Battle of Rio de Janeiro
The Battle of Rio de Janeiro was a raid in September 1711 on the port of Rio de Janeiro in the War of Spanish Succession by a French squadron under René Duguay-Trouin. The Portuguese defenders, including the city's governor and an admiral of the fleet anchored there, were unable to put up effective resistance in spite of numerical advantages.
Four Portuguese ships of the line were lost, and the city had to pay a ransom to avoid destruction of its defences.
There were multiple reasons for the French to plan an attack on Rio de Janeiro. Firstly, the commander Duguay-Trouin had a personal reason: he was almost bankrupt. The second reason was political. The War of the Spanish Succession had not gone well for France. After the defeat in the Battle of Malplaquet, the enemy was on French soil and French morale was low. A military success was urgently needed. The third reason was a question of honour. The previous year another buccaneer, Jean-François Duclerc had attempted an attack on Rio, but this expedition had ended in disaster; Duclerc and 600 of his soldiers were captured and held in unacceptable conditions. The Portuguese refused to exchange these prisoners as was stipulated in a Franco-Portuguese treaty from 1707; furthermore, Duclerc was killed in prison under mysterious circumstances in May 1711. The French wanted to liberate these prisoners, and possibly conquer some Brazilian territory.
In December 1710 King Louis XIV approved Duguay-Trouin's plan and provided him with a fleet of 17 ships, carrying in total 738 cannons and 6,139 men. The French treasury couldn't finance the armament of the squadron and therefore Duguay-Trouin had to search private financiers in Saint Malo and on the Royal Court; he received significant support from the Count of Toulouse.
Finally the ships could be prepared and to fool the British Navy, allied to the Portuguese, the ships were prepared in different harbours, left at different times, and reassembled at sea off La Rochelle on June 9, 1711. British intelligence, however, were aware of Duguay-Trouin's goal, and had dispatched a packet to warn the Portuguese, both in Portugal and at Rio. They also dispatched a fleet under John Leake to blockade Duguay-Trouin before he sailed from Brest; they arrived two days too late.
In spite of the British warning, the French appearance in Rio's harbour on 12 September was a surprise. The British news, when it arrived in August, had led Governor Francisco de Moraes de Castro to call out his militia and increase preparedness, and rumours of sails off Cabo Frio in early September had again raised the alert. However, on 11 September the governor ordered the militia to stand down, just as Duguay-Trouin was preparing his approach to the harbour. The commander of Le Lys, Courserac, led the squadron directly in the Bay of Rio, between the forts lining the harbour entry, and straight at seven Portuguese warships that were anchored there. The Portuguese fleet commander, admiral Gaspar da Costa, could do nothing but cut the cables in hopes of getting his ships moving. Three of battleships grounded and were destroyed by the Portuguese to prevent their capture; the fourth was taken by the French and burned. Fire from the forts, undermanned after the order to stand down, did some damage to the French fleet, inflicting 300 casualties before the ships passed out of range.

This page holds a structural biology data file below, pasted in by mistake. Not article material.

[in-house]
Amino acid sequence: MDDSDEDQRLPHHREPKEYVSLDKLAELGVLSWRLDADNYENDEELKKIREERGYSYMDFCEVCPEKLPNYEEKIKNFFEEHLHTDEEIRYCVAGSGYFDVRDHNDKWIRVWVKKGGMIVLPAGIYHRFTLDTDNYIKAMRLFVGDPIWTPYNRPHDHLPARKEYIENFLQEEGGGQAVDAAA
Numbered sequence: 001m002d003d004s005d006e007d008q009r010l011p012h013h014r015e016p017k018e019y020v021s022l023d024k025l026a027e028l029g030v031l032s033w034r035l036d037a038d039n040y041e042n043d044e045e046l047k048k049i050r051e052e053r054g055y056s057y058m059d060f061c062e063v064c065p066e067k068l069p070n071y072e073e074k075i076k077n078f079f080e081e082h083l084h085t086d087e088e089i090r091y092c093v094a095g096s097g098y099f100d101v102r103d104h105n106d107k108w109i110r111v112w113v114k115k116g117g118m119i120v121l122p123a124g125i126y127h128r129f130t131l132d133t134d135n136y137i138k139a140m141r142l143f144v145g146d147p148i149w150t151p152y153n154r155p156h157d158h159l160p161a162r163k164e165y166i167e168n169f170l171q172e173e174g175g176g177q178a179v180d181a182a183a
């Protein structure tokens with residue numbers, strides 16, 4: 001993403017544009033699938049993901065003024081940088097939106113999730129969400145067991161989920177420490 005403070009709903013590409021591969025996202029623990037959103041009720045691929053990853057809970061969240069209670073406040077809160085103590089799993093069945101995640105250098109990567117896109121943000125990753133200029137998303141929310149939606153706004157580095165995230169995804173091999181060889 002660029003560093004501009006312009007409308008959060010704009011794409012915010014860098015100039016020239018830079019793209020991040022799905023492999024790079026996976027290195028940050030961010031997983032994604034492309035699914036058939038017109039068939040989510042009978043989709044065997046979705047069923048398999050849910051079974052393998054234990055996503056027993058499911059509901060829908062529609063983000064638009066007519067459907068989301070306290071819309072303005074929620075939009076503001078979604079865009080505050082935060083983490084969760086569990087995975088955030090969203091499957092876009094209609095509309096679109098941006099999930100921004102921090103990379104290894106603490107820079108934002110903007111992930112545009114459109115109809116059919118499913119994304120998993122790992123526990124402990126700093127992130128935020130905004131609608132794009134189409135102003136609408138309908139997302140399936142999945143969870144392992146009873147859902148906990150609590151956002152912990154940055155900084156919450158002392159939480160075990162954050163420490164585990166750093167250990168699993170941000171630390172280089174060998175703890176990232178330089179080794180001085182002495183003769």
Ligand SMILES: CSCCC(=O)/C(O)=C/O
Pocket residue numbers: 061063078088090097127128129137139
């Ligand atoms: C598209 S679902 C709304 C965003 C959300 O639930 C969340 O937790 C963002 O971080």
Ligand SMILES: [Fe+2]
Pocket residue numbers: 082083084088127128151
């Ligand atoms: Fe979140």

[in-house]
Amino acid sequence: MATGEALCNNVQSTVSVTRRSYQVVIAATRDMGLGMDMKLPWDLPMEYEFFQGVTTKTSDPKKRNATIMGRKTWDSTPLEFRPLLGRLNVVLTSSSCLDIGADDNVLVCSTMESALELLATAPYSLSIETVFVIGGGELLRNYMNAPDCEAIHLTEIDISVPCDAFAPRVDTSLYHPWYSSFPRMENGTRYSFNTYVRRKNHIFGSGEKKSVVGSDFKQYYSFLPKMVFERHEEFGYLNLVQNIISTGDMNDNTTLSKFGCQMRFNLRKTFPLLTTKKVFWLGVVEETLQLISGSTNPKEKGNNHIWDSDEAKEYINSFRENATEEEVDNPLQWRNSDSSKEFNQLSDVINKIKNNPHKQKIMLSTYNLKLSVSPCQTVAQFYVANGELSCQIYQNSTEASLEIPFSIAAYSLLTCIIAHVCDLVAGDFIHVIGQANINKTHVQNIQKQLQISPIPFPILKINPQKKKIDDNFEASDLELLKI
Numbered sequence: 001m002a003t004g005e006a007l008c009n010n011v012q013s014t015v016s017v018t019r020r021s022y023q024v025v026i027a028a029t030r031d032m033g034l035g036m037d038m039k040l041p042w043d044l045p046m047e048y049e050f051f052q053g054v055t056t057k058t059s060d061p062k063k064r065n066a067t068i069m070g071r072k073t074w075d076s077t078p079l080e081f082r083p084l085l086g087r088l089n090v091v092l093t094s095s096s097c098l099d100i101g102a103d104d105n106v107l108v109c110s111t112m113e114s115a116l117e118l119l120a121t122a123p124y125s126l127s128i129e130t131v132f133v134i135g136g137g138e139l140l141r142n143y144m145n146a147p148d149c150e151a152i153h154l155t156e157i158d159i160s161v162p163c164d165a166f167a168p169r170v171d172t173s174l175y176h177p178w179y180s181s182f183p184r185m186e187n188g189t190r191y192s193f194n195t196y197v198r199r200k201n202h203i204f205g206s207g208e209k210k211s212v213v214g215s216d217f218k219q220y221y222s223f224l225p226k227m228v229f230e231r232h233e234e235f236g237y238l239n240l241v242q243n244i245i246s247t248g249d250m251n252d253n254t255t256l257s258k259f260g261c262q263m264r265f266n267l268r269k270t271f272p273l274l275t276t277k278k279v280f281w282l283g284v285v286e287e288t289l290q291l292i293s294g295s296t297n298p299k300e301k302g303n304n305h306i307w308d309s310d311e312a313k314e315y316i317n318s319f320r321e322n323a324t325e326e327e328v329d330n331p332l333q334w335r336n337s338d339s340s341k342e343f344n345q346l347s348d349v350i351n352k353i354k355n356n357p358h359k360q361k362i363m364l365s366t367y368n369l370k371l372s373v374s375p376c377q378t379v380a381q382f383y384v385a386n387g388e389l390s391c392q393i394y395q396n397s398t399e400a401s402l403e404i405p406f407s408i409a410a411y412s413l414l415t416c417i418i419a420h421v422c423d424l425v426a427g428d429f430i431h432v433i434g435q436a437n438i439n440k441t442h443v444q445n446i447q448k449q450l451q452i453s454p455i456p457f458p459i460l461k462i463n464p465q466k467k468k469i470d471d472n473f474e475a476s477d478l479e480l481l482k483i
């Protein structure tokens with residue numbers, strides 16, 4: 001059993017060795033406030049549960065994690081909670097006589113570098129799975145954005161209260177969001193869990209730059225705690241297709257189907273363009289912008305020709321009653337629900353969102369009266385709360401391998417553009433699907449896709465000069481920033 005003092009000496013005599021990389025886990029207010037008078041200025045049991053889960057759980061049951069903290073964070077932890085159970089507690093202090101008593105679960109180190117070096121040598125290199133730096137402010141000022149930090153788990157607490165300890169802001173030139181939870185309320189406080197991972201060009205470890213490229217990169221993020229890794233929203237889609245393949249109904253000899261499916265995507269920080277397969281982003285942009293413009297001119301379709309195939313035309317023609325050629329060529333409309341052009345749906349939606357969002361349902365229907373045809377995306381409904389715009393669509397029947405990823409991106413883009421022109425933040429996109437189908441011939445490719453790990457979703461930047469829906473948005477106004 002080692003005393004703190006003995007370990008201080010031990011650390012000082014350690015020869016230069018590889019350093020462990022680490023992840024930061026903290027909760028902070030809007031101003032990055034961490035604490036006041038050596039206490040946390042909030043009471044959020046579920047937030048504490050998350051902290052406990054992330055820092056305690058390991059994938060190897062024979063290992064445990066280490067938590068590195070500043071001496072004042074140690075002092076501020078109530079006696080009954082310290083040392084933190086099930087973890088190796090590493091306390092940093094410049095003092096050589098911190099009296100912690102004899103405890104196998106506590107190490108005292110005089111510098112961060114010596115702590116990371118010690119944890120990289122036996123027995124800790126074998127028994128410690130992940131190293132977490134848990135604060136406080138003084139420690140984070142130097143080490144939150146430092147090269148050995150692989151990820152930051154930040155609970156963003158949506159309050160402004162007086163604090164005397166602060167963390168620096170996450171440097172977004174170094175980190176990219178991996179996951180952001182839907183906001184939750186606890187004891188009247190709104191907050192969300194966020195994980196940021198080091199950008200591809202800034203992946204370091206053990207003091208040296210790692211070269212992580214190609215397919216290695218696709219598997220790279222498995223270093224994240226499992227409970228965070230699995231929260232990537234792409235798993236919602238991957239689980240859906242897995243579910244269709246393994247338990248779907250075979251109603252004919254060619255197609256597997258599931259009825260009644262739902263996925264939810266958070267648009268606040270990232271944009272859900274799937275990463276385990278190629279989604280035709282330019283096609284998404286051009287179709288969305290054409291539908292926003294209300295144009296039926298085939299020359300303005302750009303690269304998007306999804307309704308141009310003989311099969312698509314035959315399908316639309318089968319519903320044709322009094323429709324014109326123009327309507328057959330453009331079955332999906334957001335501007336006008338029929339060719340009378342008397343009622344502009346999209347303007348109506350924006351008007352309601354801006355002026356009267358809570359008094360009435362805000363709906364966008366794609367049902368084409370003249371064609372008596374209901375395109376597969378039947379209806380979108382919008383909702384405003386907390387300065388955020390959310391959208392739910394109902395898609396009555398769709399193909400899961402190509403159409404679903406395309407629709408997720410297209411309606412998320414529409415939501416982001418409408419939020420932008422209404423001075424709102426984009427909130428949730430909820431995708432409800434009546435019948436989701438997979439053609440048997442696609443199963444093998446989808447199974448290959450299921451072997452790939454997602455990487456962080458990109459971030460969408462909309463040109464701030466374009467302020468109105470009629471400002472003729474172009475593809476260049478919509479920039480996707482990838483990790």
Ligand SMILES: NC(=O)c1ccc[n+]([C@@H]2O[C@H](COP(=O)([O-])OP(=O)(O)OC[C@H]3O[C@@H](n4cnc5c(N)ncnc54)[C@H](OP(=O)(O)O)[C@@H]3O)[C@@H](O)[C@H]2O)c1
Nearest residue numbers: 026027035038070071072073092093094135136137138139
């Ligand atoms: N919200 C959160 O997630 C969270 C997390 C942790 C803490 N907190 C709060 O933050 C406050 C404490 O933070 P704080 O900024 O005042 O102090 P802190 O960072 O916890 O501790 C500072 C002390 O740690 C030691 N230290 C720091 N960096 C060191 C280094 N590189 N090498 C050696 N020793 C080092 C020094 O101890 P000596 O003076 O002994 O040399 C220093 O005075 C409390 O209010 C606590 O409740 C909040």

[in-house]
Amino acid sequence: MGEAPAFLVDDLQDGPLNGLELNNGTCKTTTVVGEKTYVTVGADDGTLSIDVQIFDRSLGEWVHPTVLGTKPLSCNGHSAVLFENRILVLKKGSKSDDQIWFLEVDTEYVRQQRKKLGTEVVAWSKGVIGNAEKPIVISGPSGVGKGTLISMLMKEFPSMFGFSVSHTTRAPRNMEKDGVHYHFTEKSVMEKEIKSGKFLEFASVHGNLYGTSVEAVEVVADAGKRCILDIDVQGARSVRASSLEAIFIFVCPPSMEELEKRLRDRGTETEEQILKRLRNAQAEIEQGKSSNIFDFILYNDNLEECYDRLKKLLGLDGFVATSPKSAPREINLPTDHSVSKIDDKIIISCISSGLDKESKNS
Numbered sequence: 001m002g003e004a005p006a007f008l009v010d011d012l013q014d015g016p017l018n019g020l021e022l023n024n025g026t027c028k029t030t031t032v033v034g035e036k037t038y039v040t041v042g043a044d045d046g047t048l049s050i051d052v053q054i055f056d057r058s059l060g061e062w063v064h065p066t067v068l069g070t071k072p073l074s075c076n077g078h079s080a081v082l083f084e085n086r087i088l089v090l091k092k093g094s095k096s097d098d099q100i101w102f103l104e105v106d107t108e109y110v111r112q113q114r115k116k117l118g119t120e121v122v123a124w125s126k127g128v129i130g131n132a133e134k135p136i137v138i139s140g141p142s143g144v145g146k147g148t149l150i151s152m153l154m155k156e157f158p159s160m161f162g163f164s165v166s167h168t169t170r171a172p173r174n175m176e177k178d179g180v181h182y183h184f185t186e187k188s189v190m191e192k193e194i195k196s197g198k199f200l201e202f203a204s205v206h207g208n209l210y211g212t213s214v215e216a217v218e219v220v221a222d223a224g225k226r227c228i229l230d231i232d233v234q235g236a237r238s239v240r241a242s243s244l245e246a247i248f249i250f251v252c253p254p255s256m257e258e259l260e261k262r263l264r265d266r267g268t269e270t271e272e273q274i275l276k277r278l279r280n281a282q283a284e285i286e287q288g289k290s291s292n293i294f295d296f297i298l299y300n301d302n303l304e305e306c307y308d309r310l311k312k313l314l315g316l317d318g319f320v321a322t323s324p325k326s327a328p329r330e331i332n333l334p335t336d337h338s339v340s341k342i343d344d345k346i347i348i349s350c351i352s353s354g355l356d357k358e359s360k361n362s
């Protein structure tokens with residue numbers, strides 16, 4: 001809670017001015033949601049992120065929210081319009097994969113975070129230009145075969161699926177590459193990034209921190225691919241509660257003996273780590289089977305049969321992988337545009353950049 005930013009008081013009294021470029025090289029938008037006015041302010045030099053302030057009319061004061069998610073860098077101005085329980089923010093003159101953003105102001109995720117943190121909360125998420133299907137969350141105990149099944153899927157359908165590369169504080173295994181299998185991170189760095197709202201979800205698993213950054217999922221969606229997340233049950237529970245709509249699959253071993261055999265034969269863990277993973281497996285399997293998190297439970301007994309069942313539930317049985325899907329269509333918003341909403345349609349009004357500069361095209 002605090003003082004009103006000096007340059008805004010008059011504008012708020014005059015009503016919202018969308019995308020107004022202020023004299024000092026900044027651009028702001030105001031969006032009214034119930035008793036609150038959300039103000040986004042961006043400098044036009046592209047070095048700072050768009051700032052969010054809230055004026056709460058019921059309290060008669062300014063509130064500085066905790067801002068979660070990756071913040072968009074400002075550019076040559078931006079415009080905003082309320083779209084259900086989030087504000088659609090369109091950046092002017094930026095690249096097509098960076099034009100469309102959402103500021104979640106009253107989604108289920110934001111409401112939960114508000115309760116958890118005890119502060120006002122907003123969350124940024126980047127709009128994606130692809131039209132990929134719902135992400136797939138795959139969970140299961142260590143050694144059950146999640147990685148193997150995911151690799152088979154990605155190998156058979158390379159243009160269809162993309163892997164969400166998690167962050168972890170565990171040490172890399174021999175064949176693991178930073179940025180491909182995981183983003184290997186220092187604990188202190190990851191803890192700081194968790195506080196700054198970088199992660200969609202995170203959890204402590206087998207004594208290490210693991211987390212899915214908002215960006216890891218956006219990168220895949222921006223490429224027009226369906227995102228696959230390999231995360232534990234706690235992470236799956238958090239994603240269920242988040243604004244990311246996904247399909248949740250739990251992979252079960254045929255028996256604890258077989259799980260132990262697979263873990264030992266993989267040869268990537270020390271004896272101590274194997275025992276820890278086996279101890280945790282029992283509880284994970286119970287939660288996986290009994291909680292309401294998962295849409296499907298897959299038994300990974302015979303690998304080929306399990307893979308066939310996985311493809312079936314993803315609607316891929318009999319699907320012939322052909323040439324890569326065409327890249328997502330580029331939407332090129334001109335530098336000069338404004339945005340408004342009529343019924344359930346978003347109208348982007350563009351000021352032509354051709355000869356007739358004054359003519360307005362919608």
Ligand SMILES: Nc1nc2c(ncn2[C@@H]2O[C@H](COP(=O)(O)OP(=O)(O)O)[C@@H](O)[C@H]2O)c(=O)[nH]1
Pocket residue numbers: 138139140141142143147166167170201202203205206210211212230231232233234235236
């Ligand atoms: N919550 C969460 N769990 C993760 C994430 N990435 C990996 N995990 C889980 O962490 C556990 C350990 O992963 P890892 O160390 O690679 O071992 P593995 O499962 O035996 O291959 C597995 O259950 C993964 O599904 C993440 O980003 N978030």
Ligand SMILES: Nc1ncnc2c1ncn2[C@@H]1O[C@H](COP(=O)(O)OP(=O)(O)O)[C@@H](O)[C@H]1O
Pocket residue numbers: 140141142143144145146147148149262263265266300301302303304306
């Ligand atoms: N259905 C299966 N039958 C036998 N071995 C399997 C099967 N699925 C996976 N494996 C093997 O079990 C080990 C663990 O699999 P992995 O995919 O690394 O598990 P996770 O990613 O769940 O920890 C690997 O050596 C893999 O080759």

After 3 days of bombardments, the French landed 3,700 men to attack the city. The governor of Rio, Castro-Morais, had fortified the city after French attacks in previous years, but very feebly commanded the defense, which buckled under the French bombardment. After a council on 21 September in which Moraes ordered the city's defenders to hold the line, militia began deserting that night, after which there began a general flight from the city that included the governor. Under the disorganised circumstances, the French prisoners from Duclerc's expedition broke out of prison.
Duguay-Trouin, who had been preparing to storm the city, was alerted to the flight of the defenders by the arrival of one of Duclerc's men. Over the next few days, the French gained control of all of the bay's strong points, but the city's gold supply eluded him. Warned that reinforcements from São Paulo under command of António de Albuquerque were on their way, he threatened Moraes with the destruction of the city's defences if a ransom was not paid, which Moraes agreed to do. When the French left the city, it was with loot of estimated at 4 million pounds, including a shipment of African slaves, which Duguay-Trouin later sold in Cayenne.
The fleet arrived back unmolested in Brest in February 1712. The expedition was a military success for the French, and a financial success for its investors. The French Navy had proven it was still capable to strike at large distances.
This action would trouble Franco-Portuguese relations for many years to come.
- Boxer, p. 96
- Boxer, p. 94
- Boxer, p. 95